Home / Opinion / Poll participants sharply split in their views of Tea Party

Poll participants sharply split in their views of Tea Party

Respondents to this week’s RBJ Daily Report Snap Poll were closely divided on the Tea Party movement, with a strong correlation between viewpoint and political affiliation apparent in the results.

Overall, respondents support the Tea Party movement by a margin of 51 percent to 49 percent. But when broken down by political party, the numbers show a significant majority of Republicans—some 82 percent—support the movement, with an even larger portion of Democrats—87 percent—opposed to it.

Those who identify themselves as non-affiliated or affiliated with a party other than Democrat or Republican are split 50-50 on support of the Tea Party movement.

In a CBS News poll conducted last week, 29 percent of Americans said they support the Tea Party movement.

A grass-roots effort that grew out of last year’s protests against the federal stimulus legislation, the movement is loosely defined by the Contract from America, a statement of principles determined by an online voting process. The contract lists 10 agenda items such as require a balanced budget, adopt a simple and fair single-rate tax system, and permanently repeal all tax hikes scheduled to begin in 2011. Roughly a dozen House and Senate hopefuls in New York have signed the Contract from America.

Political analysts say the Tea Party movement could play a significant role in the outcome of this fall’s elections. Among some high-profile races nationwide, Tea Partier Sharron Angle will challenge Senate Majority Leader Harry Reid and Rand Paul is the GOP candidate for a Senate seat from Kentucky. In Alaska, Tea Party-backed Senate candidate Joe Miller upset incumbent Lisa Murkowski in the GOP primary.

Nearly three-quarters of Republicans taking part in the Snap Poll said they would be more likely to vote for a candidate backed by the Tea Party, while 81 percent of Democrats said it would make them less likely.

More than 1,050 readers participated in this week’s poll, which was conducted Aug. 30 and 31.

Among the overall respondents:
Are you a supporter of the Tea Party political movement?
Yes: 51%
No: 49%

Would you be more likely or less likely this November to vote for a candidate with Tea Party backing?
More likely: 45%
Less likely: 44%
Neither more nor less likely: 11% 

What is your political affiliation?
Democrat: 27%
Republican: 35%
Non-affiliated: 33%
Other: 5%

Among just Republicans:

Are you a supporter of the Tea Party political movement?
Yes: 82%
No: 18%

Would you be more likely or less likely this November to vote for a candidate with Tea Party backing?
More likely: 73%
Less likely: 12%
Neither more nor less likely: 15%

Among just Democrats:
Are you a supporter of the Tea Party political movement?
Yes: 13%
No: 87%

Would you be more likely or less likely this November to vote for a candidate with Tea Party backing?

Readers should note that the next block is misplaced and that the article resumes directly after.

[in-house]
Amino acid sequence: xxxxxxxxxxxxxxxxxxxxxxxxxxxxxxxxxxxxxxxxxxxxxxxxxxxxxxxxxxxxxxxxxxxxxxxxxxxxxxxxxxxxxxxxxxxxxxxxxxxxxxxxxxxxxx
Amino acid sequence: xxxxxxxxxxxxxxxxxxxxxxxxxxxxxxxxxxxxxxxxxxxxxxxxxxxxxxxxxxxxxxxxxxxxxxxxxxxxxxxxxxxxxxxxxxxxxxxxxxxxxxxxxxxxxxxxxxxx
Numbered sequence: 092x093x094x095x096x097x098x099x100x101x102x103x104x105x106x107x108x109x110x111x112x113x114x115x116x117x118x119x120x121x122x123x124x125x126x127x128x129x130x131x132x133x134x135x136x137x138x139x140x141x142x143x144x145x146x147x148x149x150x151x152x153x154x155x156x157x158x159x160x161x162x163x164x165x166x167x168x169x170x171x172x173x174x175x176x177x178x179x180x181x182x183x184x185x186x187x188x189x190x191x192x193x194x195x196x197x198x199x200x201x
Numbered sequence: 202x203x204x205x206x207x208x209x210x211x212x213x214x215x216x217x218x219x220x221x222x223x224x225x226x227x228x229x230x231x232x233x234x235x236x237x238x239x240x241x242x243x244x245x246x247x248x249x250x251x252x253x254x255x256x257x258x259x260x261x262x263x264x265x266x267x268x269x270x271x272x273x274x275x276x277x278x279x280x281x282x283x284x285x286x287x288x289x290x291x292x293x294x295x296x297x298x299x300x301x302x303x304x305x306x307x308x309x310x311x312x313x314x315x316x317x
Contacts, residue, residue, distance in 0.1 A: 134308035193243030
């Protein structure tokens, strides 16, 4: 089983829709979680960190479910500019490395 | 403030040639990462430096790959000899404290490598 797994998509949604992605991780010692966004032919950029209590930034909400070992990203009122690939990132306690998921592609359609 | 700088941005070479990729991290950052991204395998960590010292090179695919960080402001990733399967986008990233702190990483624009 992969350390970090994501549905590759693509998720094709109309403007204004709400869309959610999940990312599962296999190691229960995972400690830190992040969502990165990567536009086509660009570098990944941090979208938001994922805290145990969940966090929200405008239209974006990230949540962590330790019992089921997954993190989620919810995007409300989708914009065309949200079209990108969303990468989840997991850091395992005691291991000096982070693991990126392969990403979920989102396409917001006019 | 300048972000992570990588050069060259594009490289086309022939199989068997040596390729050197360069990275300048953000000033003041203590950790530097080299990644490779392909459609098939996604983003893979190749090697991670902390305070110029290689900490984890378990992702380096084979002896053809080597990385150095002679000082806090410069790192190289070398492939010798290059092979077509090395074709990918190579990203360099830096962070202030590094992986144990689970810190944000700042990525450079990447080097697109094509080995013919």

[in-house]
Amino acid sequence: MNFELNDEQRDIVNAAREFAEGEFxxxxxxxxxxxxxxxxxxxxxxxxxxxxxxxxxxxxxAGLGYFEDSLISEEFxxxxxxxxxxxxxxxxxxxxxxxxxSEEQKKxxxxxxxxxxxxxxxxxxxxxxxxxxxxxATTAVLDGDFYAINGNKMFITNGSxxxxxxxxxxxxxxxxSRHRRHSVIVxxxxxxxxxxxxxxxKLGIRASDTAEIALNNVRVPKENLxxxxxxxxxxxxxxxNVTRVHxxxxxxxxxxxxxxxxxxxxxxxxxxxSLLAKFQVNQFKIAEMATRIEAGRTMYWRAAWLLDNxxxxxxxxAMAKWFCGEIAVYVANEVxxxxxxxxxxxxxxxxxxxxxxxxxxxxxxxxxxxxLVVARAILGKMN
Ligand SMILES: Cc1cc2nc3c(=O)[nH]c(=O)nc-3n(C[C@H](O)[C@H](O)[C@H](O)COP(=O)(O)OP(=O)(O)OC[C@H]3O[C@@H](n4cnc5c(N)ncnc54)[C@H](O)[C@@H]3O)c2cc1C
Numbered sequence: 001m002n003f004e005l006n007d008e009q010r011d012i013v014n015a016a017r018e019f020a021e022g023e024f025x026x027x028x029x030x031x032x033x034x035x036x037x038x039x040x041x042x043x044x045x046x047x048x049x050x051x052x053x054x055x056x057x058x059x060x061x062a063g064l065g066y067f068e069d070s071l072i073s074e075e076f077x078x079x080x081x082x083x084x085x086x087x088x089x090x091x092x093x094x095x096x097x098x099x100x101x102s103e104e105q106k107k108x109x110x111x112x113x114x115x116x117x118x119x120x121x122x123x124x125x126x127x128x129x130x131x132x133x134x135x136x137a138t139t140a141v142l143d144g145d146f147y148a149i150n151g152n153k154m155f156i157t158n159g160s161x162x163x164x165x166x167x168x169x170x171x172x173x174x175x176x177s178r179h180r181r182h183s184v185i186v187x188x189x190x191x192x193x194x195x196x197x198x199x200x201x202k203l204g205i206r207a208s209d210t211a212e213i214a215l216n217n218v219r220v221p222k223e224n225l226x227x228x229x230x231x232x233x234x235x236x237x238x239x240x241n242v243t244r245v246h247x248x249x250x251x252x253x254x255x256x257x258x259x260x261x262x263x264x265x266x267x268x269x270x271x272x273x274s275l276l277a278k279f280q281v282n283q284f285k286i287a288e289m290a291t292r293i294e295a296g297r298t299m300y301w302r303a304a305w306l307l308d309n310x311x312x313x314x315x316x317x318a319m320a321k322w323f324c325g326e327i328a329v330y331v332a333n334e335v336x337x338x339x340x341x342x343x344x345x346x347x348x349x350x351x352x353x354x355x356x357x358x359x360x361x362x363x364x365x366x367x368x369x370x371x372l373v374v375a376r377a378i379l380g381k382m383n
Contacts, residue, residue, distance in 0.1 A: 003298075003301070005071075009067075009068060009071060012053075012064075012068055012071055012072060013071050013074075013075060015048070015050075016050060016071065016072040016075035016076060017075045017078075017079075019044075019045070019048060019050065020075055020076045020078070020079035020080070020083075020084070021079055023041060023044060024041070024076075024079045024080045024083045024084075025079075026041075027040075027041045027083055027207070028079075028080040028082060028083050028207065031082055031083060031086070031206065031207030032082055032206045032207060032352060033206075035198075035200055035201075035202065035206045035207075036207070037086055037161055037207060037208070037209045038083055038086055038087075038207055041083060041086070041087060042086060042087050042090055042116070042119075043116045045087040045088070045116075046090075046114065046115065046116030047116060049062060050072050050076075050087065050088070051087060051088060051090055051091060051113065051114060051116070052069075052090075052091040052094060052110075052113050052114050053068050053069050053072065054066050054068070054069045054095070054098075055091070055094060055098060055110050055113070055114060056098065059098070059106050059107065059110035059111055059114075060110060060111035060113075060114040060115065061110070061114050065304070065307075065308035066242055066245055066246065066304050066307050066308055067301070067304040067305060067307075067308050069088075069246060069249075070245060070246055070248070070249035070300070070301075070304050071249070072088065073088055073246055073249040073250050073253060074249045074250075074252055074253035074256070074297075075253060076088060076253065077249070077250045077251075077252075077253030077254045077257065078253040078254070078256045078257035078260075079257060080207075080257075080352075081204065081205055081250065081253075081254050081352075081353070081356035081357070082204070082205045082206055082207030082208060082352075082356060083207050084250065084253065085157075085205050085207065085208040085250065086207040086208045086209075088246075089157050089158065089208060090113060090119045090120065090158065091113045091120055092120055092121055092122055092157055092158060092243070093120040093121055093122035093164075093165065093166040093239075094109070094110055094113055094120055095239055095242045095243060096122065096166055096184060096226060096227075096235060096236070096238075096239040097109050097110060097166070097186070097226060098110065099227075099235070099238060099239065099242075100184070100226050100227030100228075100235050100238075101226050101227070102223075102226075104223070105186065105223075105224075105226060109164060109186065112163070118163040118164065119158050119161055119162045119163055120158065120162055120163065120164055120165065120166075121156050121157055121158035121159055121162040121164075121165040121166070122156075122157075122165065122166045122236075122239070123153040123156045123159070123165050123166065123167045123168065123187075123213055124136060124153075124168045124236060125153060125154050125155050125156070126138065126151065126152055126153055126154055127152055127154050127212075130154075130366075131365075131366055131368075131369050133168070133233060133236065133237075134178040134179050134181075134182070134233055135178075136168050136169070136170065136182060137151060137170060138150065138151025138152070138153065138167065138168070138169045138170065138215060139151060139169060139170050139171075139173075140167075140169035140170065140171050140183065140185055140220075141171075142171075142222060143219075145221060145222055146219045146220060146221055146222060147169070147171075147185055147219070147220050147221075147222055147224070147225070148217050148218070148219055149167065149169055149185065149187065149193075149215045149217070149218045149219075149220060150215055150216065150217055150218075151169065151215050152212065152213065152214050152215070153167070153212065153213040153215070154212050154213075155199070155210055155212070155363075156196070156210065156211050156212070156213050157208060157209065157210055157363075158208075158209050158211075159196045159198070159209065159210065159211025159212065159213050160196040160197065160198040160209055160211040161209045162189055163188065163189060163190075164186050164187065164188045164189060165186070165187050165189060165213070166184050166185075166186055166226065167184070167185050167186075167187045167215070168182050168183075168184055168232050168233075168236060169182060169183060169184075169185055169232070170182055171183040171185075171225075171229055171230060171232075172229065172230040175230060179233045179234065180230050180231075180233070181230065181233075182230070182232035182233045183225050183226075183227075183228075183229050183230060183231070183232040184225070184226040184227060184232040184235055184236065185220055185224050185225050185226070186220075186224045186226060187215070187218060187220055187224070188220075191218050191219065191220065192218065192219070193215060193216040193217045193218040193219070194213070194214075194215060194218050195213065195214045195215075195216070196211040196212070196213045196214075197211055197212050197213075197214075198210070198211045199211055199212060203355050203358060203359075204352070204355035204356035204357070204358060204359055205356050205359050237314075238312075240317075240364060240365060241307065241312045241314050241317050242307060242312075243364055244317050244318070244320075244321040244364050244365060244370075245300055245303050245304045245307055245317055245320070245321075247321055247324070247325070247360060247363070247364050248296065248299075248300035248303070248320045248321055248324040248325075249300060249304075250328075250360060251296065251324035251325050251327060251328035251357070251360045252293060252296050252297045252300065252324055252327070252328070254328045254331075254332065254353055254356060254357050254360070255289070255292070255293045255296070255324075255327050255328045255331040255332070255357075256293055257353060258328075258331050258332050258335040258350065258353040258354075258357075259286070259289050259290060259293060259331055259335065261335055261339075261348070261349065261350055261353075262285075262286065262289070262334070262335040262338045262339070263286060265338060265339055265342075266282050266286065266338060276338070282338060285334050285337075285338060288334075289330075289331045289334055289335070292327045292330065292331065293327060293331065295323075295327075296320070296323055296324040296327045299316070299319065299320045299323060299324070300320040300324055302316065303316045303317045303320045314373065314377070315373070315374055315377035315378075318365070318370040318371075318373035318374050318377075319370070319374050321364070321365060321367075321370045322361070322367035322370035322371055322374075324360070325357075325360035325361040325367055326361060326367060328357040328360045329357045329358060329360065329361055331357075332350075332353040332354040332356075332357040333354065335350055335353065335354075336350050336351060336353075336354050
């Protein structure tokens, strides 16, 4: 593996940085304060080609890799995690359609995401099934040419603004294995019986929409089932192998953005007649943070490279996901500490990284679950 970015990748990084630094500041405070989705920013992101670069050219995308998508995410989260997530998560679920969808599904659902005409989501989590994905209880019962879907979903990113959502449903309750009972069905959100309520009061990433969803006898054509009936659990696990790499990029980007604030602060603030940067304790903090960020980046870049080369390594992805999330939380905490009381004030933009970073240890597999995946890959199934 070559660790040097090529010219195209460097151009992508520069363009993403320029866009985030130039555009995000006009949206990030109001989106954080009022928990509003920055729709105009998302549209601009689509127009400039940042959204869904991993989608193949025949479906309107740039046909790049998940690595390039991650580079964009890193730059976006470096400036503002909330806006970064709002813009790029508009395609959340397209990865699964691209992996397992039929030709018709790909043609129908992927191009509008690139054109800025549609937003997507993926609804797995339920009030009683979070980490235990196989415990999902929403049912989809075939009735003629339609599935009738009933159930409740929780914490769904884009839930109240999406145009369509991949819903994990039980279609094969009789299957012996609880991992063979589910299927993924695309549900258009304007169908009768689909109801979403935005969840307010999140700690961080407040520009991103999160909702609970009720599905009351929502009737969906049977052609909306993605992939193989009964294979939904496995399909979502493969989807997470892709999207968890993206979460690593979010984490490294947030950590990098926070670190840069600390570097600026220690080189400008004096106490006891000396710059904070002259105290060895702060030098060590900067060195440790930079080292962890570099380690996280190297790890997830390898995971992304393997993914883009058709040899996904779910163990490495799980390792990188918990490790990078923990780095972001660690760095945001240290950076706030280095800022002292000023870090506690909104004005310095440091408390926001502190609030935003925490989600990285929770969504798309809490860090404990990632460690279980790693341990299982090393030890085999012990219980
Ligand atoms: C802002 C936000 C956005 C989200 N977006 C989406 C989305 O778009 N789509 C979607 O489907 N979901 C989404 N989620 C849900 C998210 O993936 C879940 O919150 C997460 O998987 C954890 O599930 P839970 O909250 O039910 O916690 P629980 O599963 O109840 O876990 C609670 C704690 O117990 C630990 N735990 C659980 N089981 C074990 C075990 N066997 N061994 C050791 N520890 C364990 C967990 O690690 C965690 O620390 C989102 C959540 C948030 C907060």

Less likely: 81%
More likely: 12%
Neither more nor less likely: 6%

Among those who are non-affiliated or who are members of another party:
Are you a supporter of the Tea Party political movement?
Yes: 50%
No: 50%

Would you be more likely or less likely this November to vote for a candidate with Tea Party backing?
Less likely: 47%
More likely: 44%
Neither more nor less likely: 10%

Here are some comments from readers:

Tea Party? Are you serious? Many of them collect Social Security and are covered by Medicare but want government out of their lives. Can’t have it both ways.
—Pete Bonenfant, Fairport

The Tea Party message is that we are heading in the wrong direction. I agree. Government needs to be what it was intended to be: small and limited in scope. It’s time to get back to the basics. This is true of all levels of government. The Founding Fathers of this country would be saddened, sickened and appalled at how government has crept into so many aspects of our lives. In the last few years, the creeping has now become a full-fledged run under Obama and his henchmen. People are finally seeing it for what it is and waking up. Ever expanding entitlements, bailouts, government takeover of industries, banking and now healthcare, limitless printing and spending of money, more taxes and fees on everything! Today we have one person in seven who is a government employee of some kind! I will be voting for people who share the Tea Party vision, and against those who have gotten us into the mess we are in.
—George Thomas, Ogden

While some Tea Party ideas reflect the general antipathy toward what government has become, it is run by the very interests many seek to remove from power, and it thrives on ignorance, fear, hatred and anger. It has few practical solutions and too many platitudes.
—Carlos Mercado

It is refreshing to witness a movement that takes into account the concerns of the taxpayers. It seems that other movements have centered on virtually every other group’s concerns and needs (some real, some exaggerated), always at the expense of the taxpayers, who have been largely ignored. Huge government spending has become a distasteful political reality, and is a significant contributor to the sorry state of the economy and the jobs crisis. Big government needs to step back and shrink itself and its crushing influence.
—Joe Cameron